When law enforcement officers believe that you are in possession of illegal substances, they might attempt to conduct a search of your home or vehicle to confirm their suspicions. There are some cases, however, when such a search may violate your government-protected rights.
If a wrongful search and seizure leads to the police arresting you under criminal charges, you do not have to accept those charges without defending yourself. You can take the appropriate steps toward protecting your freedom by familiarizing yourself with your options after an illegal search.
Know when a search is illegal
The two clear-cut circumstances under which an officer can search your property are when they have a warrant or when you offer your consent. Officers may also assert their right to search when they have reasonable cause to believe that illegal activity is occurring, such as reckless driving being a possible indicator of the presence of alcohol in the vehicle. When an officer conducts a search outside these circumstances, however, it is a blatantly wrongful act.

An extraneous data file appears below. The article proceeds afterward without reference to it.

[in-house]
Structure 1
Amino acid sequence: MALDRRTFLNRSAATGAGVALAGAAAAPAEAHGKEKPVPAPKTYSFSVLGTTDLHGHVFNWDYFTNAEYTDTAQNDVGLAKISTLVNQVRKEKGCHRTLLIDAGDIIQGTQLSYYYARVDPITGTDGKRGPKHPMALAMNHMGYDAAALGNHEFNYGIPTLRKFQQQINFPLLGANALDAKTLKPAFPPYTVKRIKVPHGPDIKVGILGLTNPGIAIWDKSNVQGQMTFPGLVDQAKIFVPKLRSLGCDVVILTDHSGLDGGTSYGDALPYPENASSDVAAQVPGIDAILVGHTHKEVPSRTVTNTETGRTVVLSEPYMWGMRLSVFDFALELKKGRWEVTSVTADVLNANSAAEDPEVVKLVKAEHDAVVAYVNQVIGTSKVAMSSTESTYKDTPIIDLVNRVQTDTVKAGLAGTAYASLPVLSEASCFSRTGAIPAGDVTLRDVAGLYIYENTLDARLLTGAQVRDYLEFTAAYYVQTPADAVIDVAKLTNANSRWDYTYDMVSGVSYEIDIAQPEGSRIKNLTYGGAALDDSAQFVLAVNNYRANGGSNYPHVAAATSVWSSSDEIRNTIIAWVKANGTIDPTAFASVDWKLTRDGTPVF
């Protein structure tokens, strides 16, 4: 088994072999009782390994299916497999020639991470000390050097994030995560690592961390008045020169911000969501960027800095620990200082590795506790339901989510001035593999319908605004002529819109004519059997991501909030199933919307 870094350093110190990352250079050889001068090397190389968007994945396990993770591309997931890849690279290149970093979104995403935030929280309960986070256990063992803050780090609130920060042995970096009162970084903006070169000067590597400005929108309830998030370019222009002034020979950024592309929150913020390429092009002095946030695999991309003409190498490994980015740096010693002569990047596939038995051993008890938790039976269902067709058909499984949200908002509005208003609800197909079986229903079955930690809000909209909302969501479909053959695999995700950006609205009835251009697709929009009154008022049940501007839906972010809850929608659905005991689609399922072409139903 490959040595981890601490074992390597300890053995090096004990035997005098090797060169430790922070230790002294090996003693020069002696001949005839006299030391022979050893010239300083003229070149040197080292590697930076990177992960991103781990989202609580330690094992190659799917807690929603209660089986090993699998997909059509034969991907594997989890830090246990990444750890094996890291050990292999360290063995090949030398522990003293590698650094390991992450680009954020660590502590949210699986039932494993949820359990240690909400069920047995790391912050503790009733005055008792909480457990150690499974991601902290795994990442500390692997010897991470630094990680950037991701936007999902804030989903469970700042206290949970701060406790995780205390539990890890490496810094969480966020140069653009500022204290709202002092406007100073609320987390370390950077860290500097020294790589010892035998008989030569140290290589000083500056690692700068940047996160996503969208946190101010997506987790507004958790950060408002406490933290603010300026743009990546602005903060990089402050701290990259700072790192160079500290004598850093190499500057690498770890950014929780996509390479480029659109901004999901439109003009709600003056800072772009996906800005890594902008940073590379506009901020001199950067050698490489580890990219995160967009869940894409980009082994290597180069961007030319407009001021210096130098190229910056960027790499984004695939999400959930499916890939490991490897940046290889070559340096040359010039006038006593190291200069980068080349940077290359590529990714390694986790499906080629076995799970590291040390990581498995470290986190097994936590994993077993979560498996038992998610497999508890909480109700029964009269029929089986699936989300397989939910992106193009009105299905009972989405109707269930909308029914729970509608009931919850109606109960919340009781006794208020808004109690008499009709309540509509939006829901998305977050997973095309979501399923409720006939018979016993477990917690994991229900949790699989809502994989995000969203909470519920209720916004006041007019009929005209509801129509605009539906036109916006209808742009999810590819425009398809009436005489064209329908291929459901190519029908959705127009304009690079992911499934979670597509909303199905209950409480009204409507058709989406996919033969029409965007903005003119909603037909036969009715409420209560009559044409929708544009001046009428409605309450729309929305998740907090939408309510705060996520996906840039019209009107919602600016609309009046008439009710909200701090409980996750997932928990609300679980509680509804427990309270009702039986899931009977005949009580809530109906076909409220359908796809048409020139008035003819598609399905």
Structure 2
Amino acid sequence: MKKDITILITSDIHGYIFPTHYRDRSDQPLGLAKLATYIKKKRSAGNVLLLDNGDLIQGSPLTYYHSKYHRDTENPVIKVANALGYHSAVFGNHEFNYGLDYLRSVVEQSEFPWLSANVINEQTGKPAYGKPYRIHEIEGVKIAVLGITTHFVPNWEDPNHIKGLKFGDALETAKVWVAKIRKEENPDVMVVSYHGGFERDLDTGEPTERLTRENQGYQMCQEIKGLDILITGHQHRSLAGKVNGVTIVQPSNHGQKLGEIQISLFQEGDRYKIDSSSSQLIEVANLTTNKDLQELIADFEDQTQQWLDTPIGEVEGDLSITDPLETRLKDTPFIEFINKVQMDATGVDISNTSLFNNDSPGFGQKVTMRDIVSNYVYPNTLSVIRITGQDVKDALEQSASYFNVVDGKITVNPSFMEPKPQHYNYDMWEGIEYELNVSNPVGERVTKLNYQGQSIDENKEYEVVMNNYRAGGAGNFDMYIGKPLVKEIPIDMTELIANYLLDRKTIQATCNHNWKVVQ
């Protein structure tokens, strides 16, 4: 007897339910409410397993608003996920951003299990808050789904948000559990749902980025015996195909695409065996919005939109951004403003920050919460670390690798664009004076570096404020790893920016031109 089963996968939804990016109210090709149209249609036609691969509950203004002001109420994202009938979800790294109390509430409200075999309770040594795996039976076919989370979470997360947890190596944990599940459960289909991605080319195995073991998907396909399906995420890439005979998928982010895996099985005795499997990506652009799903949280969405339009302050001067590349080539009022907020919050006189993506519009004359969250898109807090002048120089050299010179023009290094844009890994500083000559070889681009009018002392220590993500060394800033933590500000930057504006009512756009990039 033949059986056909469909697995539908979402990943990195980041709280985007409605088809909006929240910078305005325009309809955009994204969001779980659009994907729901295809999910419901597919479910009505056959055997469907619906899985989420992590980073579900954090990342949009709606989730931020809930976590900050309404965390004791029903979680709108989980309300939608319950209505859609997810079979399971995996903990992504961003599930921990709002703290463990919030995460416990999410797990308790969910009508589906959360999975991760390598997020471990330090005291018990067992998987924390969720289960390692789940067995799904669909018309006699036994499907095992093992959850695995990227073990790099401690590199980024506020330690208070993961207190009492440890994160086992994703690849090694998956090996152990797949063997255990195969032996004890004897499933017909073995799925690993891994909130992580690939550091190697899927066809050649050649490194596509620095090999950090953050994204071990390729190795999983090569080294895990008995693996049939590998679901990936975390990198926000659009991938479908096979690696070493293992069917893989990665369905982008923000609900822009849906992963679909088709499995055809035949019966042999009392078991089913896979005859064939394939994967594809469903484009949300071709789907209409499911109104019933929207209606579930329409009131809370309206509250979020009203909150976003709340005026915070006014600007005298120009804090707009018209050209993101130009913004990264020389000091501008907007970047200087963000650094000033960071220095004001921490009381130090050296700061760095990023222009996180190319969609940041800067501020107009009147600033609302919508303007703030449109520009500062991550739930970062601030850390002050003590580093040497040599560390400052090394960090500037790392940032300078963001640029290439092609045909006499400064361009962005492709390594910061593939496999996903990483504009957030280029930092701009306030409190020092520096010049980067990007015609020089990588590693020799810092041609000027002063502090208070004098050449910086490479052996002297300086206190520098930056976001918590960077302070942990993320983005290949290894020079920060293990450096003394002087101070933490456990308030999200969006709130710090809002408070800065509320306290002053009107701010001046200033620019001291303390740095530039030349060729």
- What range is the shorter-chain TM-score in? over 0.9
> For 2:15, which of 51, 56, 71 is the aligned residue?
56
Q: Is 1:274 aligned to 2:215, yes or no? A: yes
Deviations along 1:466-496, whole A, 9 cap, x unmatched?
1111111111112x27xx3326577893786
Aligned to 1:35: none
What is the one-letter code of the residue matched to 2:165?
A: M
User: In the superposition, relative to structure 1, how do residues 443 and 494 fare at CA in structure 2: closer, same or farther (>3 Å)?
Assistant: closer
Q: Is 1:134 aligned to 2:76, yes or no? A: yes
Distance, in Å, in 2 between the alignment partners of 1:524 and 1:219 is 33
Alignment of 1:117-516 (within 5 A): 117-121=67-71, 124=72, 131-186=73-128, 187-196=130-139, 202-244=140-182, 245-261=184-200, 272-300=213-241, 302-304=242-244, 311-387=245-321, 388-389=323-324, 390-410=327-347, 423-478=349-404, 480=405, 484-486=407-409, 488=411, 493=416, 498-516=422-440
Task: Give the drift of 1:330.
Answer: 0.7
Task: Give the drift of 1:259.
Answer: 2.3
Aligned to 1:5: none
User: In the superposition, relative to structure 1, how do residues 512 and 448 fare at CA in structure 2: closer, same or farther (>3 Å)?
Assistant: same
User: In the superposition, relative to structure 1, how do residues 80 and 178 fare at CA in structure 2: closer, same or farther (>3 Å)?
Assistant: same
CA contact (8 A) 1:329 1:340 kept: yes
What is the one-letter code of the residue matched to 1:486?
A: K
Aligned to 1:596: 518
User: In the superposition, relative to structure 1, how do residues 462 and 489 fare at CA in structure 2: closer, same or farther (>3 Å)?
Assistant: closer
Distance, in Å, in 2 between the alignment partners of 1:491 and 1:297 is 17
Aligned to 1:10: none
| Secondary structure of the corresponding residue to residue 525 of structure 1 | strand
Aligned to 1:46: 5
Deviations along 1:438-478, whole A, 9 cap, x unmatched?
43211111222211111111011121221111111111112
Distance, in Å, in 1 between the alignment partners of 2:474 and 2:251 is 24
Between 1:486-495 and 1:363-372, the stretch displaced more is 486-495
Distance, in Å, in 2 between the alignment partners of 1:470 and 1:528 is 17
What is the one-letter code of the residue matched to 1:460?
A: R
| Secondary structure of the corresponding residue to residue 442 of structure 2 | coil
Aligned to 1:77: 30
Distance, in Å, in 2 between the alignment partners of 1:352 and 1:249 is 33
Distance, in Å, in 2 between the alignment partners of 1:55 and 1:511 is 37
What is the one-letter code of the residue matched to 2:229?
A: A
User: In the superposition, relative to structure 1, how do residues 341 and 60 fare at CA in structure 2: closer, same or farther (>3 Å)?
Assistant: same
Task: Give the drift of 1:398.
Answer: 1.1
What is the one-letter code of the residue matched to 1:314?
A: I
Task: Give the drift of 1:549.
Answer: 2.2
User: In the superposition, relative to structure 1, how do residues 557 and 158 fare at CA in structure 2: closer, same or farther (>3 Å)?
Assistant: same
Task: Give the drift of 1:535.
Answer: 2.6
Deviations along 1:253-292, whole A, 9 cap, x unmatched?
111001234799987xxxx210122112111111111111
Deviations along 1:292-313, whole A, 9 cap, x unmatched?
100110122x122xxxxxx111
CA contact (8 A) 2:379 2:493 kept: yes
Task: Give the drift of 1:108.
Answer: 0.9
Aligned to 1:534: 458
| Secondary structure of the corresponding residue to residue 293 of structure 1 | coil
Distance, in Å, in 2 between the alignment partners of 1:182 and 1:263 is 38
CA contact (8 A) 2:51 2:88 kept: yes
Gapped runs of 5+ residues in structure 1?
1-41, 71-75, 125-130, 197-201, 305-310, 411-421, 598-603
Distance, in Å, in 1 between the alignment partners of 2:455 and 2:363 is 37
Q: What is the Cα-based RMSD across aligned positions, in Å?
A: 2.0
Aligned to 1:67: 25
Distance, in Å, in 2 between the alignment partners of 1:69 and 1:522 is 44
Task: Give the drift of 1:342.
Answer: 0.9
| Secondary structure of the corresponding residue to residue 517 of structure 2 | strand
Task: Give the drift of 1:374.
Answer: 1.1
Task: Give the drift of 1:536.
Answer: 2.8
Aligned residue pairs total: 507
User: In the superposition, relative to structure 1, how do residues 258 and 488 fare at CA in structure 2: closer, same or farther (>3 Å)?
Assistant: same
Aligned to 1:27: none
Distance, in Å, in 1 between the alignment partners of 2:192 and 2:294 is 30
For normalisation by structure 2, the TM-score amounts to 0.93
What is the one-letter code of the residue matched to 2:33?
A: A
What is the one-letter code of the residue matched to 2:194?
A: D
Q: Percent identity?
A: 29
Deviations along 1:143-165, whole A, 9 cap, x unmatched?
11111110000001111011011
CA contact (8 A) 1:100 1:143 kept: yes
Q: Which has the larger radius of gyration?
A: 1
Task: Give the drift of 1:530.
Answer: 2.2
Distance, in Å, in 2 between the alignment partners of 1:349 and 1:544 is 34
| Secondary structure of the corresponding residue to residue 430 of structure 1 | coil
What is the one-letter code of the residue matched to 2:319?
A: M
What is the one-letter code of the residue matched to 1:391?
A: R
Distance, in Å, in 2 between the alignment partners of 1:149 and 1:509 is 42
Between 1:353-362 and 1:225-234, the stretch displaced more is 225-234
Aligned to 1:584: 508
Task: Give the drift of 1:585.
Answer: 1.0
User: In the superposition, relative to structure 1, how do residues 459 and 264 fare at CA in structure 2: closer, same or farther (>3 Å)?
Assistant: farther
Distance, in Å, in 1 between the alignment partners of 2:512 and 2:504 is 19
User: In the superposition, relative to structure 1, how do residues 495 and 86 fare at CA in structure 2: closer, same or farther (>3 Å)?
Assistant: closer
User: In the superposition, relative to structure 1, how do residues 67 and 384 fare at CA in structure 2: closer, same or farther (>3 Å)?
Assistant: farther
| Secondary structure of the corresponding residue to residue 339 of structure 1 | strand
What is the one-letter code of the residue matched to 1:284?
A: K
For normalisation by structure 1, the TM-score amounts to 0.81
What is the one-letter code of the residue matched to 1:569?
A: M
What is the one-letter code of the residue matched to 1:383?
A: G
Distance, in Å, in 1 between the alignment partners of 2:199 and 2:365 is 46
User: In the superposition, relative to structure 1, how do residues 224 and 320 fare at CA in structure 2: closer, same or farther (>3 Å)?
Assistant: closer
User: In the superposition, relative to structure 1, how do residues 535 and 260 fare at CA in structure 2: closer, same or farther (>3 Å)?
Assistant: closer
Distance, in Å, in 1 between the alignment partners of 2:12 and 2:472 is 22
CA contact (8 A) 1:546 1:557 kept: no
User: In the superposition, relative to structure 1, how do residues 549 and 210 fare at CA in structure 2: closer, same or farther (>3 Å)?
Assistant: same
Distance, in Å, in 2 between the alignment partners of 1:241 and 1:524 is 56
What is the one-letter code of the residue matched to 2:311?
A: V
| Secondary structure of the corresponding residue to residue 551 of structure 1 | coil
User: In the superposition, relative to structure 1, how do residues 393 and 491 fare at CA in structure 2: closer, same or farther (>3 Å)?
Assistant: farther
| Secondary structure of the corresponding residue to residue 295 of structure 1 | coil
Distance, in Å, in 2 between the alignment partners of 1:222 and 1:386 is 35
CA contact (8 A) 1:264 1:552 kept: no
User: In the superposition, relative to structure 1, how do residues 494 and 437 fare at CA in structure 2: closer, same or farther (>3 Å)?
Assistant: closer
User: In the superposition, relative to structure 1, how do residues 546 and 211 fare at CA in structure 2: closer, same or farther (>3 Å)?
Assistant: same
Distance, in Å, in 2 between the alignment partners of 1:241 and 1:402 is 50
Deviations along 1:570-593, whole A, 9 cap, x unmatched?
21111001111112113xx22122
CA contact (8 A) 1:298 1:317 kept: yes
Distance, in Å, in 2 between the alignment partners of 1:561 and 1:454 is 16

Exercise your rights against a wrongful search
Your first line of defense against a potentially wrongful search is your right to remain silent. By being careful not to accidentally provide consent for a search, you can more easily build a strong courtroom defense against the charges facing you. You are also under the protection of the Fourth Amendment’s exclusionary rule which states that the prosecution may not leverage evidence obtained from a wrongful search and seizure against you.
Presenting wrongfully-obtained evidence is an abuse of police authority that can negatively affect your life for years to come. It is important to carefully plan your defense and exercise your rights to the fullest to ensure a favorable outcome.